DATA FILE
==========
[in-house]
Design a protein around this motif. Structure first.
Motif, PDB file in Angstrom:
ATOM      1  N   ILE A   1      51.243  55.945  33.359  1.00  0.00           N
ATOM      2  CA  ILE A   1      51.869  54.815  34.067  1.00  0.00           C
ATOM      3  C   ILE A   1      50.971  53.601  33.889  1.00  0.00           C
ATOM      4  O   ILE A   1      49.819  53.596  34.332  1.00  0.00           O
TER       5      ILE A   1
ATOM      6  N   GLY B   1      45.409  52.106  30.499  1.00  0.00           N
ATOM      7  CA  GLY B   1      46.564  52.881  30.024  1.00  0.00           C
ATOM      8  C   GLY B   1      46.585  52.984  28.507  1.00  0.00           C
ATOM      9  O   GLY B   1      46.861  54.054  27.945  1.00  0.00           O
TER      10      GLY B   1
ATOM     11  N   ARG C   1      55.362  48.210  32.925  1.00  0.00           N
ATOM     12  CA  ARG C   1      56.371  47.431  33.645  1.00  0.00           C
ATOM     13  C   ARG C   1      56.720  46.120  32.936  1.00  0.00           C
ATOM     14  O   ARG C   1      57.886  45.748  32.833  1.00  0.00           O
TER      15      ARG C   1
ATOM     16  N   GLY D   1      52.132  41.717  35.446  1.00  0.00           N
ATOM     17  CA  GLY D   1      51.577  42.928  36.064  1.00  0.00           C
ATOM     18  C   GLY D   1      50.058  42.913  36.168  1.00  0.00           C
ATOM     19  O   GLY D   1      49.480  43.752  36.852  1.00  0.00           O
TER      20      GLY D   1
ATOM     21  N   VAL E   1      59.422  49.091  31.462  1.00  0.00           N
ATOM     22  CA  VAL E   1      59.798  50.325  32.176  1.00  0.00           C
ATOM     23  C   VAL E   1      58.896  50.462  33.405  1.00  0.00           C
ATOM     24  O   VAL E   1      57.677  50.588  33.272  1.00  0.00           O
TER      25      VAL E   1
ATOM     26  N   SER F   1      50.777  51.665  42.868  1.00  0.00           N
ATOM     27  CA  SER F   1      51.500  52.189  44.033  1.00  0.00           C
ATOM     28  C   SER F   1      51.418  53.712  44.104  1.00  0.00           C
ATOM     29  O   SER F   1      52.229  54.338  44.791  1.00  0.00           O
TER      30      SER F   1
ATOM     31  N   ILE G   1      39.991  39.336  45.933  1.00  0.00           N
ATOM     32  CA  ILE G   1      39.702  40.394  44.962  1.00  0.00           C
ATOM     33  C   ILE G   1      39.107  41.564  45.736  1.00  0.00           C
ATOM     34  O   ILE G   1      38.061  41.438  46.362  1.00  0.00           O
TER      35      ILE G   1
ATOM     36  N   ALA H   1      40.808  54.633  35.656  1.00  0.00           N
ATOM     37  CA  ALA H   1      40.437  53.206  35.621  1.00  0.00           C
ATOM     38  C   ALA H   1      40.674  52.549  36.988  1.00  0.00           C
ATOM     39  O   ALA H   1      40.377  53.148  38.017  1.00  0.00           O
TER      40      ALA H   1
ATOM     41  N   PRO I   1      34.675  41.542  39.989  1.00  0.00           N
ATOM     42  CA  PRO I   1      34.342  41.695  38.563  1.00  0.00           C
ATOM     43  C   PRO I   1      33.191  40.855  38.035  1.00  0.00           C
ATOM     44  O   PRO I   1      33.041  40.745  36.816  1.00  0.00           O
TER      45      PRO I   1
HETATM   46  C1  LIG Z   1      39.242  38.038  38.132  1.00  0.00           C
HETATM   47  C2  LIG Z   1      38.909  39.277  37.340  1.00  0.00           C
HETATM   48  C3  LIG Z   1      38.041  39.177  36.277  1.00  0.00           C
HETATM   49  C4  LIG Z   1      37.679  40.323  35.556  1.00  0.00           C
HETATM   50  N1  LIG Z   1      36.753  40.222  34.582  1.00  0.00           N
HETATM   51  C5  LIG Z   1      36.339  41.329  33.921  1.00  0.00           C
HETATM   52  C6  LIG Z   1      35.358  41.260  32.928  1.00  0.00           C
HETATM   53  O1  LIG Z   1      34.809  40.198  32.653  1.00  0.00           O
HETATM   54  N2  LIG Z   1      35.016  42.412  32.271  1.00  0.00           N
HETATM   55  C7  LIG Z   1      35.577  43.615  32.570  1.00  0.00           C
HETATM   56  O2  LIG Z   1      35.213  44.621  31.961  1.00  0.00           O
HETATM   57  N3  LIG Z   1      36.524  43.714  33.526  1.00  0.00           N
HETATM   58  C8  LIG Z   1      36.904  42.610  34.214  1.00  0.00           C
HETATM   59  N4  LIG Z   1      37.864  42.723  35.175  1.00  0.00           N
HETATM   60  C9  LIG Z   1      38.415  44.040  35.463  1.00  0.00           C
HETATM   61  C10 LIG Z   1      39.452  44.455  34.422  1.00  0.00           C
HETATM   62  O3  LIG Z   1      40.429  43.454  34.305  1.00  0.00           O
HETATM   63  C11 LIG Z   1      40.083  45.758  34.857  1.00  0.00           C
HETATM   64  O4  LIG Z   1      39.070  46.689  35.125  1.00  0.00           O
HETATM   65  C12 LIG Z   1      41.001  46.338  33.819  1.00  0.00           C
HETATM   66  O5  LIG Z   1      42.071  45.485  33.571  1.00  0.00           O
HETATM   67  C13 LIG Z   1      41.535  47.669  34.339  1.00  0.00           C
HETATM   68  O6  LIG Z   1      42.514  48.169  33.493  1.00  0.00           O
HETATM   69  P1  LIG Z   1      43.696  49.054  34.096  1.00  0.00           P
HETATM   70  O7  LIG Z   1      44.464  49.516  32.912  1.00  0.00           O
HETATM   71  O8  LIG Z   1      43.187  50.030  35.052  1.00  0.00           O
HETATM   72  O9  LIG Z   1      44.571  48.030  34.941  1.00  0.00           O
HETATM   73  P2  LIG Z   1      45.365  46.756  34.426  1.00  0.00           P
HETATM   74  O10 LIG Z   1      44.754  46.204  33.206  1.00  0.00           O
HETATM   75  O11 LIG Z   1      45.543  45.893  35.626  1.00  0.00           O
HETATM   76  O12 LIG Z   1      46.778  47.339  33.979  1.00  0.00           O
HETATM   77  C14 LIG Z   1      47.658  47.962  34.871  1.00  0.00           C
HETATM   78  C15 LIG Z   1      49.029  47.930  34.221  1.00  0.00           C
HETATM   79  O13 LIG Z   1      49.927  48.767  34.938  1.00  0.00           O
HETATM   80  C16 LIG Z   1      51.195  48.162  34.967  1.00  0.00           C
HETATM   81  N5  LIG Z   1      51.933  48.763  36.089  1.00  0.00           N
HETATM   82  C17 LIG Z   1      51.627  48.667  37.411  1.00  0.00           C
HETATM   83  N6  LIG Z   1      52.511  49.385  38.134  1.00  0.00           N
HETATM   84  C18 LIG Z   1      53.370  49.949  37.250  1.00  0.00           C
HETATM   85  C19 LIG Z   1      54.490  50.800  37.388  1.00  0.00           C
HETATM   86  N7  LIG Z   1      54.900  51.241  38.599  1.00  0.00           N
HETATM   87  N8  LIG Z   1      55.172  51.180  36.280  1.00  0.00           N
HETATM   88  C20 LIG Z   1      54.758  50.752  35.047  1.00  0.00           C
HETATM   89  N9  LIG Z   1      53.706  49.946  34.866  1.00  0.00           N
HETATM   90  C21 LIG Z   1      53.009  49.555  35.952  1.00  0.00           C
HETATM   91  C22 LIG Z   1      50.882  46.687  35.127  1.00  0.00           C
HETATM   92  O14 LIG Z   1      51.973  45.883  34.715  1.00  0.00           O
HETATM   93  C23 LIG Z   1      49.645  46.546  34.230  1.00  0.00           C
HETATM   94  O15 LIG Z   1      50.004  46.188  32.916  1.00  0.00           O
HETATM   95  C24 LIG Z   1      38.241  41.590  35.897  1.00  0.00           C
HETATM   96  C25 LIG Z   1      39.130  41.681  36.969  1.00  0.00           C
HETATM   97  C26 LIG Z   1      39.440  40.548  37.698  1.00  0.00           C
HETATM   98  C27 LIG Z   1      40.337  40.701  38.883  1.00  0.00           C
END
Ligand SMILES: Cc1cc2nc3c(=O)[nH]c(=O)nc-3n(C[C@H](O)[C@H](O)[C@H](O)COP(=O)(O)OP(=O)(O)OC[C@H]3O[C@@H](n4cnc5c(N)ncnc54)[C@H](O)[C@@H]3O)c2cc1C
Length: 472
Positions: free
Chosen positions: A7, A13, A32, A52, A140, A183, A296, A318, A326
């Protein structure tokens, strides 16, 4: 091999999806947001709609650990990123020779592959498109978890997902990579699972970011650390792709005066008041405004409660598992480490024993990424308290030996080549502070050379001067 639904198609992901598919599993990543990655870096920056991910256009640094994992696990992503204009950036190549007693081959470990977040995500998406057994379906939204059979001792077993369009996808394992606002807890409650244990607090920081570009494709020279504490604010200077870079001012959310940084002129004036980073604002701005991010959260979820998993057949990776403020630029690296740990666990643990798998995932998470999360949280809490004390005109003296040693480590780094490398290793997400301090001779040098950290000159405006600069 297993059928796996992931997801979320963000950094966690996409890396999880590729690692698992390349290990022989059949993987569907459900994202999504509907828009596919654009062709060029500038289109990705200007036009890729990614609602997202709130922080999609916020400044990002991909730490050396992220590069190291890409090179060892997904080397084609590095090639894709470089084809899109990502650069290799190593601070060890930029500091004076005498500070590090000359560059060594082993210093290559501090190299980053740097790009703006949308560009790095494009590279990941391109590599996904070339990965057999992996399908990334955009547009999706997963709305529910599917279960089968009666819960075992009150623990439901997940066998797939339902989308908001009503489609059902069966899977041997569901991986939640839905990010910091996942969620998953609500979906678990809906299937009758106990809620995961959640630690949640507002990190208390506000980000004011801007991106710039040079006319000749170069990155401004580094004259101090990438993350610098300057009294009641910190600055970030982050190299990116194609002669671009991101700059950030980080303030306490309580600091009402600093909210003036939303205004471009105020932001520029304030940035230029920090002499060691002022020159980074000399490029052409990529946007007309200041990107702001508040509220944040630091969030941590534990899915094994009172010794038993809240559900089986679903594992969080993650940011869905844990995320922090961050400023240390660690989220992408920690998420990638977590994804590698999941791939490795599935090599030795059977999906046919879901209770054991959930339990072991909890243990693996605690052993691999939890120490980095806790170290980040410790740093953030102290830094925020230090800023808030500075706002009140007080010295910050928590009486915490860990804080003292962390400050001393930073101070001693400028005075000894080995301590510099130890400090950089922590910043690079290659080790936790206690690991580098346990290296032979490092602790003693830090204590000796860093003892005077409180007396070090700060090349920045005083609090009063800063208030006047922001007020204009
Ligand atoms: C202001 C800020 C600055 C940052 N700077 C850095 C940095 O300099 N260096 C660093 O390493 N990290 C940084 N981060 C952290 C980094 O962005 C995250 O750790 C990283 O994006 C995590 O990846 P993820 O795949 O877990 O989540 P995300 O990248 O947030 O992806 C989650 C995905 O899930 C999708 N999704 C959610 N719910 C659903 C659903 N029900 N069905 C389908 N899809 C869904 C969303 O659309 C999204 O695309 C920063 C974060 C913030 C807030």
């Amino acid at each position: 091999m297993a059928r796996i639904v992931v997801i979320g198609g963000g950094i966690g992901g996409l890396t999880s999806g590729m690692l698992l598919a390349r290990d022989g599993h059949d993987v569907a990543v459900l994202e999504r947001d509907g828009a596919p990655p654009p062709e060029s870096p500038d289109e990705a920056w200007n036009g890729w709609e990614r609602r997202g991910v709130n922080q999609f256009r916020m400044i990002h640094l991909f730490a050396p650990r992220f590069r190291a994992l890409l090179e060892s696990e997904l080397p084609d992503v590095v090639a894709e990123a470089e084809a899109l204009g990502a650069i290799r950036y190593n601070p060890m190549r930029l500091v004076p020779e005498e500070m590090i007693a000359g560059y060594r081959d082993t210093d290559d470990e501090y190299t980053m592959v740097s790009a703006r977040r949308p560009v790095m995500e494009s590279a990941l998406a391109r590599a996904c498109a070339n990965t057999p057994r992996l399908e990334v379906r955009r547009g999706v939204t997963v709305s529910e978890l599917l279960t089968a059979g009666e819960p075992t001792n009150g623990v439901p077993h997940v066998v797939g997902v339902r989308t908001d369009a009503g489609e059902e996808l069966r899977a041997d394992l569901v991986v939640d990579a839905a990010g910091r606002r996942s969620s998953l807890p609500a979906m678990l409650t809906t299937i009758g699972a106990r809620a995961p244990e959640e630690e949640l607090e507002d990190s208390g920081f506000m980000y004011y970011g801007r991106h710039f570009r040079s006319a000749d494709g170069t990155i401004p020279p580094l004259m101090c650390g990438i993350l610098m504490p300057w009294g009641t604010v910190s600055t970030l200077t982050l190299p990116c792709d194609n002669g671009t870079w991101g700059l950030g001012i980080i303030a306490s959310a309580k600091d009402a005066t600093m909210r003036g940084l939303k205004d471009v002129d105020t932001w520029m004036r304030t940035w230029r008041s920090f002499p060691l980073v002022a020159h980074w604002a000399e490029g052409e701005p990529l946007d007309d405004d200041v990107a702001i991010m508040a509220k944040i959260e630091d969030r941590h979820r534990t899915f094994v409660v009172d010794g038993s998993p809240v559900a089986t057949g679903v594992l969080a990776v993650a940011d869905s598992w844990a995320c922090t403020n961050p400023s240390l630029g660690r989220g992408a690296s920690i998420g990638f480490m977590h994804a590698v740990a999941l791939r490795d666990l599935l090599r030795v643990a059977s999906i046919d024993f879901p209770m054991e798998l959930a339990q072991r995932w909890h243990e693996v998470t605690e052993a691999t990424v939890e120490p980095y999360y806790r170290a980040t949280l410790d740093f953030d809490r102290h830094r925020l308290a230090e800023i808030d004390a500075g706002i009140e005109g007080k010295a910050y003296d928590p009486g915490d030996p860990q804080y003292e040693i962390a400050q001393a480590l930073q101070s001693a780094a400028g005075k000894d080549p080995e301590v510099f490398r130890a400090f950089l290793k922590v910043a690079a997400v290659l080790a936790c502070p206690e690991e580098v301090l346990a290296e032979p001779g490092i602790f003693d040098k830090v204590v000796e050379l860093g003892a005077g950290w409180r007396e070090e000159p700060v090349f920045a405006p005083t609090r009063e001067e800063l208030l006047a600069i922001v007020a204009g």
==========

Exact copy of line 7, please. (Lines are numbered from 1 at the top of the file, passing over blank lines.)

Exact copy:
ATOM      4  O   ILE A   1      49.819  53.596  34.332  1.00  0.00           O